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MEPs Walk Out on Klaus as He Tells Them That Democracy Works Best When Differing Views Are Allowed

February 21, 2009

Czech President Vàclav Klaus gave a speech to the European Parliament two days ago reminding the MEP’s of simple things like

that one or another institutional arrangement of the European Union is not an objective in itself; but a tool for achieving the real objectives. These are nothing but human freedom and such [an] economic system that would bring prosperity. That system is a market economy. [Emphasis original.]

Klaus deplored the fact that “the present economic system of the EU is a system of a suppressed market, a system of a permanently strengthening centrally controlled economy.” [Emphasis original.] and that the current financial crisis is incorrectly blamed on a free market.

He also pointed out the well-known and matter-of-fact democracy deficit in the current design of the European Union’s parliamentary system and added this:

I fear that the attempts to speed up and deepen integration and to move decisions about the lives of the citizens of the member countries up to the European level can have effects that will endanger all the positive things achieved in Europe in the last half a century. Let us not underestimate the fears of the citizens of many member countries, who are afraid, that their problems are again decided elsewhere and without them, and that their ability to influence these decisions is very limited. So far, the European Union has been successful, partly thanks to the fact that the vote of each member country had the same weight and thus could not be ignored. Let us not allow a situation where the citizens of member countries would live their lives with a resigned feeling that the EU project is not their own; that it is developing differently than they would wish, that they are only forced to accept it. We would very easily and very soon slip back to the times that we hoped belonged to history.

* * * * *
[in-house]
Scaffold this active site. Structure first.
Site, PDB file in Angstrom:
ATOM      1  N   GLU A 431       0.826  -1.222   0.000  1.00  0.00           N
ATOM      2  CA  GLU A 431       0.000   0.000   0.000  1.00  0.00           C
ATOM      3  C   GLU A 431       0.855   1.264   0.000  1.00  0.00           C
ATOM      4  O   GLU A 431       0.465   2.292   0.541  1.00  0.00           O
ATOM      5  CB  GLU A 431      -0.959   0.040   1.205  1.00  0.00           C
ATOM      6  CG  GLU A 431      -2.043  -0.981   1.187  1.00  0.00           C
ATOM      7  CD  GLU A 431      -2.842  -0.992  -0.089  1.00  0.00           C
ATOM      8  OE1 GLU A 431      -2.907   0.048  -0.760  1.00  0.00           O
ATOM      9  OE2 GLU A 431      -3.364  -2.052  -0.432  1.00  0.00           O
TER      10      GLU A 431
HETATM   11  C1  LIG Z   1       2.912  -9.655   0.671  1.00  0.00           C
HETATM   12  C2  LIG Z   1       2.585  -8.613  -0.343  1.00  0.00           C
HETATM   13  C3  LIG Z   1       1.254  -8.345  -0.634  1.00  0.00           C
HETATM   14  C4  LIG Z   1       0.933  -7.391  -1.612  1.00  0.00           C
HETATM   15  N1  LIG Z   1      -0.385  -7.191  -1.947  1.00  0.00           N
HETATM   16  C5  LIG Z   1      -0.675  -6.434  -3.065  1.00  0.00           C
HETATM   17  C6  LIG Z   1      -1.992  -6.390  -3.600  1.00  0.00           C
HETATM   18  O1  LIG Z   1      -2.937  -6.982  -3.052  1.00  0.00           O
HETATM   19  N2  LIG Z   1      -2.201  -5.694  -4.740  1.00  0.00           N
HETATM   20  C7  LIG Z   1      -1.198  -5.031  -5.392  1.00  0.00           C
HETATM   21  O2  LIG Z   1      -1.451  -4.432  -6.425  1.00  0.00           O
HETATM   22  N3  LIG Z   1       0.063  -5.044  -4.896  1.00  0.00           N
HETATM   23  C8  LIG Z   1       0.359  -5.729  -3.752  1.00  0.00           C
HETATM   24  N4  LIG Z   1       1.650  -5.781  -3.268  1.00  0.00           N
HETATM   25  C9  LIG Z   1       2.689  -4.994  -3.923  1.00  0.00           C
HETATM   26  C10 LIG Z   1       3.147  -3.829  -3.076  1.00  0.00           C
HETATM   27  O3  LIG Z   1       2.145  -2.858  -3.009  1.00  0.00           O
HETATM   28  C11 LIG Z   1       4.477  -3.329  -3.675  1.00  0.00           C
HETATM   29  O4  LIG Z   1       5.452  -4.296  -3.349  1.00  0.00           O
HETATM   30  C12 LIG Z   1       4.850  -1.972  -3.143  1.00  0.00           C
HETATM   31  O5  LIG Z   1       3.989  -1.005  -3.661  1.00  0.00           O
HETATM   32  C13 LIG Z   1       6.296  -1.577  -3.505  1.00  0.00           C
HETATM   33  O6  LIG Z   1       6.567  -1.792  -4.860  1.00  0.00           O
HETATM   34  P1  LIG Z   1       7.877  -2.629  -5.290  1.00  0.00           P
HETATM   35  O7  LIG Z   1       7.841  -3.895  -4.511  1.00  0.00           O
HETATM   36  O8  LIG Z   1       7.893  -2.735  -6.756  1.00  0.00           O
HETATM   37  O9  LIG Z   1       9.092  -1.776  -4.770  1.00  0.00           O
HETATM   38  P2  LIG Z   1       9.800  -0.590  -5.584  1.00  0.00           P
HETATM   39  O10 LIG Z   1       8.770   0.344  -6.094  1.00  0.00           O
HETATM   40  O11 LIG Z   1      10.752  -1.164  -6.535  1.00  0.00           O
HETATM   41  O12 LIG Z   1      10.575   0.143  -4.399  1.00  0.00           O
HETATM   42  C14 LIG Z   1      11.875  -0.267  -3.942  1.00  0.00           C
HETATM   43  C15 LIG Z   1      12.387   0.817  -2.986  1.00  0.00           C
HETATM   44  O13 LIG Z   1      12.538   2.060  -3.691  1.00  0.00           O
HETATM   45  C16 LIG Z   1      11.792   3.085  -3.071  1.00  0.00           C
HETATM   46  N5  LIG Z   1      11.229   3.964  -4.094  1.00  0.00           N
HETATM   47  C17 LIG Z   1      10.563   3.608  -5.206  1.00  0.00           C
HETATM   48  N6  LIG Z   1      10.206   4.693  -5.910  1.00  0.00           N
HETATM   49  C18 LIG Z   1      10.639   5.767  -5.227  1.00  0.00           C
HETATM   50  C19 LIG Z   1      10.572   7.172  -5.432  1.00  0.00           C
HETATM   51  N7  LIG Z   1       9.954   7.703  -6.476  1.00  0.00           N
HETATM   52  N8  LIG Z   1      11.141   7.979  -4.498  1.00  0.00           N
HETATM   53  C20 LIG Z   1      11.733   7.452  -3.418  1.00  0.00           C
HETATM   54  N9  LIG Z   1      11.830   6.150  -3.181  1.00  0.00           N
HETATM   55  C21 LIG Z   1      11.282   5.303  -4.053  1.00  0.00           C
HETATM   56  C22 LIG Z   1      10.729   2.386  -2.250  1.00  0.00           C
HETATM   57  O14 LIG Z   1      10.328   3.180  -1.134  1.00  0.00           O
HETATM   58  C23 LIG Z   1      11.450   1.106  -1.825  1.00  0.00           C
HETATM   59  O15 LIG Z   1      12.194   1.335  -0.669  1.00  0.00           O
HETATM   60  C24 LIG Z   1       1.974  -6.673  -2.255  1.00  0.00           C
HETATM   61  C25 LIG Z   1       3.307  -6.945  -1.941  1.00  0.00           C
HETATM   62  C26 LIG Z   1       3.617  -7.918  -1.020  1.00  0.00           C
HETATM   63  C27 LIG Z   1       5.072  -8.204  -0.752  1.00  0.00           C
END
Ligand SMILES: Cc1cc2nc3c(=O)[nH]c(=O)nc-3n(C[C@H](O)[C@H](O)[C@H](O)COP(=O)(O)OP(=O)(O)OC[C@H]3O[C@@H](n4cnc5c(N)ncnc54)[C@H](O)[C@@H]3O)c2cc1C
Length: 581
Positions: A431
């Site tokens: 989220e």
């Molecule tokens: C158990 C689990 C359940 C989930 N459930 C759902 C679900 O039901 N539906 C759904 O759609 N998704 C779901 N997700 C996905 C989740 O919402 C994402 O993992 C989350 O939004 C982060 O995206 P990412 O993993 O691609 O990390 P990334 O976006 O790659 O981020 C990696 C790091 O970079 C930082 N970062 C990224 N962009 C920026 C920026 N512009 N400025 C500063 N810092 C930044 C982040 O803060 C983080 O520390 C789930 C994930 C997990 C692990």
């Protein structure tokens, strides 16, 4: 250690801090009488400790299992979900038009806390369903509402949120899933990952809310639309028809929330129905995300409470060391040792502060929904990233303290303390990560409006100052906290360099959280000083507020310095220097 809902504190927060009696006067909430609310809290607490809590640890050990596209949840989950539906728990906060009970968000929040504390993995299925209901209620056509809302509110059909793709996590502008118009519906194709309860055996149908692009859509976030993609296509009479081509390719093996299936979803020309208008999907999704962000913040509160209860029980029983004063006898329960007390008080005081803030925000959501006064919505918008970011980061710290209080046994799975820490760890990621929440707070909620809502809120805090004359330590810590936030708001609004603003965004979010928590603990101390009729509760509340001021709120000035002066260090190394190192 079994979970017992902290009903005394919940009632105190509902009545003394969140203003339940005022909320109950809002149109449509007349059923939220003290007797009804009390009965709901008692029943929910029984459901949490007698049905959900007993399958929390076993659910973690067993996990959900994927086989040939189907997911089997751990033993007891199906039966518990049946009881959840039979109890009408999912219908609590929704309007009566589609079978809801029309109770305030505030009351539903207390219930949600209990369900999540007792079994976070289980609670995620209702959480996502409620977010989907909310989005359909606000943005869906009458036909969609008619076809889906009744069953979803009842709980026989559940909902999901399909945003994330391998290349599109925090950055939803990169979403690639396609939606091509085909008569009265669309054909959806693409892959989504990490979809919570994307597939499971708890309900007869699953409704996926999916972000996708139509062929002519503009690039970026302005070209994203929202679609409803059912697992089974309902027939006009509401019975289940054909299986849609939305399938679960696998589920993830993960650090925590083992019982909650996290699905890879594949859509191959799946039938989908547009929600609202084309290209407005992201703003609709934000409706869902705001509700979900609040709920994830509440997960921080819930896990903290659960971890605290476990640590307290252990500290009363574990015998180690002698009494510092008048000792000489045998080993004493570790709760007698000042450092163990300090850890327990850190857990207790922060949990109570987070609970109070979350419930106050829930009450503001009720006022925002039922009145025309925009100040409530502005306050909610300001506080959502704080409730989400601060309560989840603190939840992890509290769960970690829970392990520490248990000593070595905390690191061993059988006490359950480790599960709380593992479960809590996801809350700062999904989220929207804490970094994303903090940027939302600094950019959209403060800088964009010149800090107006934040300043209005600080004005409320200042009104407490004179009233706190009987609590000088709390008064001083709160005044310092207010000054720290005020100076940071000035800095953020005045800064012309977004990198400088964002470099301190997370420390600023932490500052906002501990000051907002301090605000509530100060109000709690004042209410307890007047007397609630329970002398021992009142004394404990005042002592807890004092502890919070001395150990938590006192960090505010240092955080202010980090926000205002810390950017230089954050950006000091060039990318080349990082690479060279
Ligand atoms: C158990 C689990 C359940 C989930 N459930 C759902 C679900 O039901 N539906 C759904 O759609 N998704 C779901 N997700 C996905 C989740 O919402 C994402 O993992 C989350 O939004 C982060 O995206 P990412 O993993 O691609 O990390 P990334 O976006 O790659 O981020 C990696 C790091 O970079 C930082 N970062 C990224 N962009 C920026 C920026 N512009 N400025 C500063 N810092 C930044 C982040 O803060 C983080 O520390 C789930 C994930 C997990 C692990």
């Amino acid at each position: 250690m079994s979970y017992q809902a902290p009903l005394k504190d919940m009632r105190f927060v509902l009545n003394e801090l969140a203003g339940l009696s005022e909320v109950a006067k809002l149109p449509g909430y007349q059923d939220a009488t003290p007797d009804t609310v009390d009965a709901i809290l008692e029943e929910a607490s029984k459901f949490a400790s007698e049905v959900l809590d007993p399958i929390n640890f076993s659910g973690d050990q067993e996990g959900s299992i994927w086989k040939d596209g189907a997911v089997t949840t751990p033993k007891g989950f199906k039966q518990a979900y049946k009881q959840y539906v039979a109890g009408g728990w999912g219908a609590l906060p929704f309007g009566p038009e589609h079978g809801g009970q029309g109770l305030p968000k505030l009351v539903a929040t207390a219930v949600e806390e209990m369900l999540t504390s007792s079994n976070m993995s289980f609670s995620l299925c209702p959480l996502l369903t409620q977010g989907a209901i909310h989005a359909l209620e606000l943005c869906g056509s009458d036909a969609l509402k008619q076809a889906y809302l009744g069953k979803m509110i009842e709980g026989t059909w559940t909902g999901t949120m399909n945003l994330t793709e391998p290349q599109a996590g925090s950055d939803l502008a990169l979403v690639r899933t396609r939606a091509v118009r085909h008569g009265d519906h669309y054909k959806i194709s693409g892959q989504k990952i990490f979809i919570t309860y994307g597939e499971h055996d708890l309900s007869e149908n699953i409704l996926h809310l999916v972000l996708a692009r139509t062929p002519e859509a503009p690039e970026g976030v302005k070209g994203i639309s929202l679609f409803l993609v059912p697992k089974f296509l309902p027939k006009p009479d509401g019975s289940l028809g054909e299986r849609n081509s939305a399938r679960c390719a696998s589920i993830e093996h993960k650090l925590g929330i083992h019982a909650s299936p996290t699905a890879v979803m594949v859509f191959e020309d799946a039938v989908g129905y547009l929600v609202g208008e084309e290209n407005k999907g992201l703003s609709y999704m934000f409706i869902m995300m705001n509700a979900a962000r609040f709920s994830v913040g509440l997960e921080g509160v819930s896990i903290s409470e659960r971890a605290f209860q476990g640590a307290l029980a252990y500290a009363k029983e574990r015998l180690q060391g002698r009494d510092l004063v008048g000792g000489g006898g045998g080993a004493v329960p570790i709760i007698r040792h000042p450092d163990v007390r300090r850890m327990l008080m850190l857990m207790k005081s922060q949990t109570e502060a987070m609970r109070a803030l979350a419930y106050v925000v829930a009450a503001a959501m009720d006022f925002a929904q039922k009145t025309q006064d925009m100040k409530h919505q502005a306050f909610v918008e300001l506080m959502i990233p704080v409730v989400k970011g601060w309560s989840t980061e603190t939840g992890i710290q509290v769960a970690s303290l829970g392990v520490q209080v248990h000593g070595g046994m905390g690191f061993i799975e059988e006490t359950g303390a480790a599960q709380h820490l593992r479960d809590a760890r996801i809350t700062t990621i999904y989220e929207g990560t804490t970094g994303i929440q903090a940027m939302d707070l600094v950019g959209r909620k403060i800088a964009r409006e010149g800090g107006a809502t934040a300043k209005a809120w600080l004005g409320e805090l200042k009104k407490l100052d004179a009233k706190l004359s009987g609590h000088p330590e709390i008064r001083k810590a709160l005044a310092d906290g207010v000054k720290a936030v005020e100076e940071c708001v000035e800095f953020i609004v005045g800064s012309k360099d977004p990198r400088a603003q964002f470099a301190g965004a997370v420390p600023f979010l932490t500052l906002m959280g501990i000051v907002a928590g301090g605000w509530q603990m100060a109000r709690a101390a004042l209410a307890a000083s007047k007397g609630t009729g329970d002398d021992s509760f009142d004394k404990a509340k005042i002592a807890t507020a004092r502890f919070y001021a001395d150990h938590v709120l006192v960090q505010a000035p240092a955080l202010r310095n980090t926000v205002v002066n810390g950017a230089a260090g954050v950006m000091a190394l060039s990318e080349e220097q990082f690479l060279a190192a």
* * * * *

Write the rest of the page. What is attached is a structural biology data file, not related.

Klaus closed by saying that the expression of, and the listening to, dissenting views is “the opportunity and the only method for making the European Union more free, more democratic and more prosperous.” – a statement that should go without saying, so to speak, in a place that is called “parliament”.

Yet, as Daniel Hannan reports, the MEP’s reacted by heckling and walking out on the President’s speech. I guess they just wanted to prove his point.

H/T Andrew Stuttaford.

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One Comment leave one →
  1. November 4, 2009 14:31

    Fortunately, the EU Parliament will shortly be strengthened. On the other hand, I think the appt of EU officials by state leaders does not contradict democratic principles because those leaders have been elected and repuplican democratic principles don’t function as well directly at a very large scale. If you are interested, here is a related post:
    http://euandus3.wordpress.com/2009/11/03/the-eu-as-a-partner-for-the-us/

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